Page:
Brundlmayer Riesling Zobinger Heiligenstein Alte Reben 2018


“From vines planted between the 1920s and 1960s, the 2018 Riesling Zöbinger Ried Heiligenstein Alte Reben 1ÖTW offers a spectacular, deep and concentrated yet clear, refined and spicy bouquet of crushed stones, herbs, coffee beans and ripe bright fruits with notes of fresh lemon juice. This is a great mix of mineral purity and finesse with complexity and freshness on both nose and palate! The mouth is dense and complex, crystalline, refined and salty; the character is coolish, elegant and compact, with great precision and intensity; and the firm structure is mineral/phenolic. This old-vines Heiligenstein is a spectacular amalgam of finesse, mineral purity, crushed salts and lemons. Very long and full of promises. 13% alcohol. I tasted this several times last year: at Schloss Grafenegg, at the domain in September and over several days and from different glasses in October. Try the Zalto Universal or the corresponding glass from the Josephinenhütte. Drink: 2025-2065. 97+ points

Sometimes you need two tries to discover the greatness of a vintage. My first encounter with Willi Bründlmayer’s 2018 Erste Lage wines at Schloss Grafenegg was pretty disappointing. So, I took the chance and met up with him and his estate manager Andreas Wickhoff MW, who also has a significant impact on the viticulture, harvest and winemaking. In the end, I spent several hours in the domain in Langenlois and tasted a wide range of wines, not only the white 2018s but also older vintages of the Heiligenstein, which is one of the greatest Riesling sites on planet wine for me. In fact, you won’t discover the full potential of Bründlmayer’s 2018 Heiligenstein selections if you don’t take all the time you need and they deserve. In the end, however, you will see that there is most probably no better combination of vintage and winemaker for the Heiligenstein history than Bründlmayer’s 2018s. These are world-class white wines, and they spurred me to re-taste all the other 2018 Heiligenstein Rieslings I could get the other day. And yes, there was a gap, and the gap was huge.

In 2018, the harvest began earlier than ever before at Bründlmayer, on August 20 for sparkling wine. The average temperature of the vintage was two degrees Celsius (3.6 degrees Fahrenheit) above the 30-year average and, after 2003, the hottest year since record-keeping began. Nevertheless, heavy rainfall on the first and second of September (with 70 liters of precipitation per square meter in Langenlois) forced Bründlmayer to make rigorous selections when harvesting Riesling, Pinot Gris and Pinot Blanc. The Grüner Veltliner, on the other hand, was grateful for the urgently needed water and, in addition to sugar and strength, for a broad spectrum of aromas. The Veltliners then ripened very quickly, after they had already reached an average of 95° Oechsle at the end of August, so Bründlmayer had to prioritize the different locations. The thick-skinned Riesling, on the other hand, was still able to hang on, especially since it had not yet developed any intense fruit aromas in September. Although it was decimated after the rain, it nevertheless built up a “beautiful” botrytis, which led to a Heiligenstein “Essenz” Trockenbeerenauslese that I haven’t tasted yet and which had to be bottled with more than 400 grams of residual sugar—at 6.5% alcohol and a total acidity of about 19 grams per liter! Nevertheless, at Bründlmayer, they still left the Veltliner hanging, in the Ried Lamm, for example, for another four weeks. “The must weights went down again after the rain and then only increased slowly and, at some point, not at all, but probably aromatically,” Willi Bründlmayer explains. At 40 hectoliters per hectare, the average yield was also not very high for the Veltliner, whereas the Riesling was more generous.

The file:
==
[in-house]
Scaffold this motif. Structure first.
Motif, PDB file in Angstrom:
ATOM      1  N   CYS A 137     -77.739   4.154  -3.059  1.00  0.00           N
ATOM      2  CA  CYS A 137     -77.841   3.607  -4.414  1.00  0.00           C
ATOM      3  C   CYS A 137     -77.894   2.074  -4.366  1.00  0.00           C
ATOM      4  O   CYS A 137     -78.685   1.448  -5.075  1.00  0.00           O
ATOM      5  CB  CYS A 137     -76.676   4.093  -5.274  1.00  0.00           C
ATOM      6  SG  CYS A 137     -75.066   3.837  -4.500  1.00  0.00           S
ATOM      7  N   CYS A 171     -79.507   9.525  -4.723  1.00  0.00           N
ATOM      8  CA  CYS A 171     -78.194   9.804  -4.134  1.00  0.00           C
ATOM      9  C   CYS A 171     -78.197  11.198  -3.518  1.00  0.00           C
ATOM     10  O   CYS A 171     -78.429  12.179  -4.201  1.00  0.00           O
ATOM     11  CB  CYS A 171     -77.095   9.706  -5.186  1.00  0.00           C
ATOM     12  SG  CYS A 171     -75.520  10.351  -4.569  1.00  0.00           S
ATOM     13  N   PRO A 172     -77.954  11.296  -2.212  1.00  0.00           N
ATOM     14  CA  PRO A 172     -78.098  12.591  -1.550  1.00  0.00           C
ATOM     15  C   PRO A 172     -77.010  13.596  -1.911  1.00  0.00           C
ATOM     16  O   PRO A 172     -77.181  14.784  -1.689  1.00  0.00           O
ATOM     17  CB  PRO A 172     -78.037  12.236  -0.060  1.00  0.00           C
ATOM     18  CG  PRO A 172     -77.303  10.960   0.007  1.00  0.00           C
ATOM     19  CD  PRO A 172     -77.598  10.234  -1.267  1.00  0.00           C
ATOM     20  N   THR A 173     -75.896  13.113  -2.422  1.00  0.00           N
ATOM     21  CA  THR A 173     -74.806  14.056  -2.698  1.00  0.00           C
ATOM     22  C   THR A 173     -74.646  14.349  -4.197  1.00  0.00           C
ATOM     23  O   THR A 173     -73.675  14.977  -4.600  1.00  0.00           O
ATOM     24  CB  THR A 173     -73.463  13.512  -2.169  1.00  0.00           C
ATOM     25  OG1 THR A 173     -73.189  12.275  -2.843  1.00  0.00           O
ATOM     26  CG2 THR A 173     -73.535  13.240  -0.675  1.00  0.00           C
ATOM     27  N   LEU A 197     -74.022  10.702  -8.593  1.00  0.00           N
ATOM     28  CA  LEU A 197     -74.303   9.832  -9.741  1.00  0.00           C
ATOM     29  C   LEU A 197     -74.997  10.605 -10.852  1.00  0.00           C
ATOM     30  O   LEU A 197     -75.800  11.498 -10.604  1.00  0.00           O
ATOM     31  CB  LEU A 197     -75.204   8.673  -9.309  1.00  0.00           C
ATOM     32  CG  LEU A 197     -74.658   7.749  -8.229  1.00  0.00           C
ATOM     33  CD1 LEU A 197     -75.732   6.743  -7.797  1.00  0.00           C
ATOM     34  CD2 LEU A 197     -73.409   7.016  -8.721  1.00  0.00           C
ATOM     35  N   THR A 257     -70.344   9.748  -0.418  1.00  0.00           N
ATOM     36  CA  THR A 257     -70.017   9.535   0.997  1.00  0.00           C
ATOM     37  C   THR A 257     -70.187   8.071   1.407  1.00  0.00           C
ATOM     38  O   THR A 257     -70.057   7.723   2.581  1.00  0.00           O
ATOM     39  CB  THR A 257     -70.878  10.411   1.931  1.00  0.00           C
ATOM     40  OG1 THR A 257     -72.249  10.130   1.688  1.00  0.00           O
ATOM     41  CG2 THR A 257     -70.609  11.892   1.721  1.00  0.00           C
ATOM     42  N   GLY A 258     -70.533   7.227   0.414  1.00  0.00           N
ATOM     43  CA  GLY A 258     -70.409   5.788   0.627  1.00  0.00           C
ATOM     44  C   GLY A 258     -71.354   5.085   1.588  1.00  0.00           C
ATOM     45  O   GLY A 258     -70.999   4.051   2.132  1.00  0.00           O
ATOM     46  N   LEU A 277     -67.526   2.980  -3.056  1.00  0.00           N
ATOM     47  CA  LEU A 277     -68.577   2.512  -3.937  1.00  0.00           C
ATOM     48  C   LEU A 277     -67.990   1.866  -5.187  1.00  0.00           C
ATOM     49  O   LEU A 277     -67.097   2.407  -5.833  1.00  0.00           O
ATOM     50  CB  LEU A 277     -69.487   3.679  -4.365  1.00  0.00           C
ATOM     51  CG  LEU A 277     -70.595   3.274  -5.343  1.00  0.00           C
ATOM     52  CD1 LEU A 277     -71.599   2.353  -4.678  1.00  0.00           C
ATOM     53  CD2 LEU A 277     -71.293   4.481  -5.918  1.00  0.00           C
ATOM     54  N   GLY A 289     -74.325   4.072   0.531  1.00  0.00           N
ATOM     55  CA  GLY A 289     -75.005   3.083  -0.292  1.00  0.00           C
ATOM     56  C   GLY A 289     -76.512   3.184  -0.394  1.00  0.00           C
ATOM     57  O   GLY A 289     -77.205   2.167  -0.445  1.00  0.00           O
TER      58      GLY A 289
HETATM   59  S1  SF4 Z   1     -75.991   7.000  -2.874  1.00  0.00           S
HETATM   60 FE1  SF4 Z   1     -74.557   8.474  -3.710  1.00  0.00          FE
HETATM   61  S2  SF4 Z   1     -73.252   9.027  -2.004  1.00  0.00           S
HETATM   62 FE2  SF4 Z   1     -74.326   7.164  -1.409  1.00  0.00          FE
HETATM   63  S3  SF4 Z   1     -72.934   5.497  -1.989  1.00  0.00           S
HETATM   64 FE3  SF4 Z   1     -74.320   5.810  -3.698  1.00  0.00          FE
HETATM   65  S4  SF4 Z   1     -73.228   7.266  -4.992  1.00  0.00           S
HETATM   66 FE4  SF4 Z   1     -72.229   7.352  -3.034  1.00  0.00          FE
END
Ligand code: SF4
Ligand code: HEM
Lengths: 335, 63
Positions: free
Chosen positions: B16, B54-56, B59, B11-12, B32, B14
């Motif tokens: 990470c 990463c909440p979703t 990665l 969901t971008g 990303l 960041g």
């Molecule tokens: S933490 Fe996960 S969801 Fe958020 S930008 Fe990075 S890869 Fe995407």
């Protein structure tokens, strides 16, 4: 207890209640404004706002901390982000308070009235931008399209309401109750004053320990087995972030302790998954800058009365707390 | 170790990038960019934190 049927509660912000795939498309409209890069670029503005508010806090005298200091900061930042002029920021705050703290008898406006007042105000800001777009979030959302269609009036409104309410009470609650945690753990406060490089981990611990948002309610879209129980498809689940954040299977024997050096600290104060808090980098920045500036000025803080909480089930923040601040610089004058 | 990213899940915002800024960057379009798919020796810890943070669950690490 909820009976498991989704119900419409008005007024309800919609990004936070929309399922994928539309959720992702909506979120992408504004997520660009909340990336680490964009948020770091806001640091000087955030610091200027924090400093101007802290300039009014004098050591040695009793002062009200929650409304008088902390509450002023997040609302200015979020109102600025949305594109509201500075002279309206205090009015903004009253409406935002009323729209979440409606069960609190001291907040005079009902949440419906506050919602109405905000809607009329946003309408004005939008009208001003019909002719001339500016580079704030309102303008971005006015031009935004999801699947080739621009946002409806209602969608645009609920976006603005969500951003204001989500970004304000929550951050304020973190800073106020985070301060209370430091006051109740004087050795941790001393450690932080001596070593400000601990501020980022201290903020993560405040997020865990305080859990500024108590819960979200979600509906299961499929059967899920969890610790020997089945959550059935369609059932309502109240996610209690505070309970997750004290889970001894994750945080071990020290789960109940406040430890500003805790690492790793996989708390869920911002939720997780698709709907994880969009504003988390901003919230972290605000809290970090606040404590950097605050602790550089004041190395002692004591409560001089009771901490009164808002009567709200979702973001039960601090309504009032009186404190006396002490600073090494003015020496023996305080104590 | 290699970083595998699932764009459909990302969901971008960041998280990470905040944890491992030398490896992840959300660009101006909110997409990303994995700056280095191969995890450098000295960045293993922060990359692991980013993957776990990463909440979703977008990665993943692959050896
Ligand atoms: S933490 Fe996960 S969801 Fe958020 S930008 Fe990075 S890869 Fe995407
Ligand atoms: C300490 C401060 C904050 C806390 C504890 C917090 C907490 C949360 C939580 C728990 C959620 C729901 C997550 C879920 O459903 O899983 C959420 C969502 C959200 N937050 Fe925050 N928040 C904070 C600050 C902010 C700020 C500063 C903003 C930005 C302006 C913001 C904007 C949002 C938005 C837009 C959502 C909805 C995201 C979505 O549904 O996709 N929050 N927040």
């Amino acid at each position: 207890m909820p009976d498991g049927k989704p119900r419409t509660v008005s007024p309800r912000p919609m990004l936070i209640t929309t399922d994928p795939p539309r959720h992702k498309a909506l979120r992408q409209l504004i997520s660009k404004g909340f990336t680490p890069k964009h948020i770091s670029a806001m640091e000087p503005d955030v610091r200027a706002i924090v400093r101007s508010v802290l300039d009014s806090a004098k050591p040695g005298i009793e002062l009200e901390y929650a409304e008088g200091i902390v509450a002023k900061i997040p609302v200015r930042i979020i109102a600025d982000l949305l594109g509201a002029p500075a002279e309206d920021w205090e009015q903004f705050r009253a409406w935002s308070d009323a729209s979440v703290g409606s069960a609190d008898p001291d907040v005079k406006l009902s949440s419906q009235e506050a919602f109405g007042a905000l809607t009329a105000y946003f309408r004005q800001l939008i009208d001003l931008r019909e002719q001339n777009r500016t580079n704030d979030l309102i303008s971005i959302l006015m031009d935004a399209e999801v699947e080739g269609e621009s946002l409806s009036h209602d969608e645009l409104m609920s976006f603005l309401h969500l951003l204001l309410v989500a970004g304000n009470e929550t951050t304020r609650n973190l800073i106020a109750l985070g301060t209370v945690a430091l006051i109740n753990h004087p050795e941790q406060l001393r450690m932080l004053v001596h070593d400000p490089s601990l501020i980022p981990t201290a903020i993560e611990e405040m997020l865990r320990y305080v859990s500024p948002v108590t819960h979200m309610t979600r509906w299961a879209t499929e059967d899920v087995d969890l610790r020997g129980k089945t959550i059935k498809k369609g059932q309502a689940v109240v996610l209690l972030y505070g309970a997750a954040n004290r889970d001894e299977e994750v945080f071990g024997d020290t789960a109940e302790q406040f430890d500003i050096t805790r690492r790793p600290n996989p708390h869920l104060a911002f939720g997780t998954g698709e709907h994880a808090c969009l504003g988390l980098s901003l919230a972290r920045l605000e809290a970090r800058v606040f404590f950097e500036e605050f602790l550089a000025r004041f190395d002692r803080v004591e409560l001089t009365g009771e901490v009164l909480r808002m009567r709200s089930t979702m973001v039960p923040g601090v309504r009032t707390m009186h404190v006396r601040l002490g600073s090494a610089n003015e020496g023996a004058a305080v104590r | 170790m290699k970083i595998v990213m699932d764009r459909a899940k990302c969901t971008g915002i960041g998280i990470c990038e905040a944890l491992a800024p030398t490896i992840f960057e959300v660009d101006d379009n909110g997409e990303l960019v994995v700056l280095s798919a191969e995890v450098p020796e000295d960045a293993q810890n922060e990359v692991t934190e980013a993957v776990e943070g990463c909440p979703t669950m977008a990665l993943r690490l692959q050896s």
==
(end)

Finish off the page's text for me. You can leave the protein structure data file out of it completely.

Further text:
But back to the three Heiligenstein selections, of which the Lyra and even more so the Old Vines selections are nothing less than spectacular. The most popular with the public is the classic version Kamptal, of which 7,000 bottles were filled. Of the two Kamptal Reserve Selections Lyra and Alte Reben, however, there are only 2,500 bottles each, which is something to look out for if you are a Riesling aficionado. To be on the safe side, I would like to mention again that Bründlmayer has not been using botrytis berries for dry wines since 2013. Botrytis is always selected, either negatively (i.e., thrown to the ground) or positively, for sweet wine. Especially for Andreas Wickhoff, 2018 is a Riesling year not only chez Bründlmayer but also along the Danube River. This is already proven by the cooler Steinmassel, which was harvested on October 17th, one week after the Lyra and the Alte Reben from the Heiligenstein. “The Lyra plot is slowly reaching an interesting age,” Wickhoff thinks. Willi Bründlmayer planted the vineyard in 1979 with the Lyra trellising, which is unusual here in Austria. Actually, the Lyra and the Alte Reben were supposed to come together for the first time in 2018 for a single reserve Heiligenstein, but Wickhoff did not allow this to happen: “Out of the question,” he cries, weeks after the decision was made and a few days after the bottling in August 2019. “Both wines are completely different and do not go together. For me, the 2018 is the best interpretation of the Alte Reben Selection for 10 or even 20 years. The acidity is completely present and all components play together harmoniously. Even if it is completely closed at the moment, I know exactly where the journey is heading here. One day we will have a huge drinking flow.””

Stephan Reinhardt, Wine Advocate (03/20)

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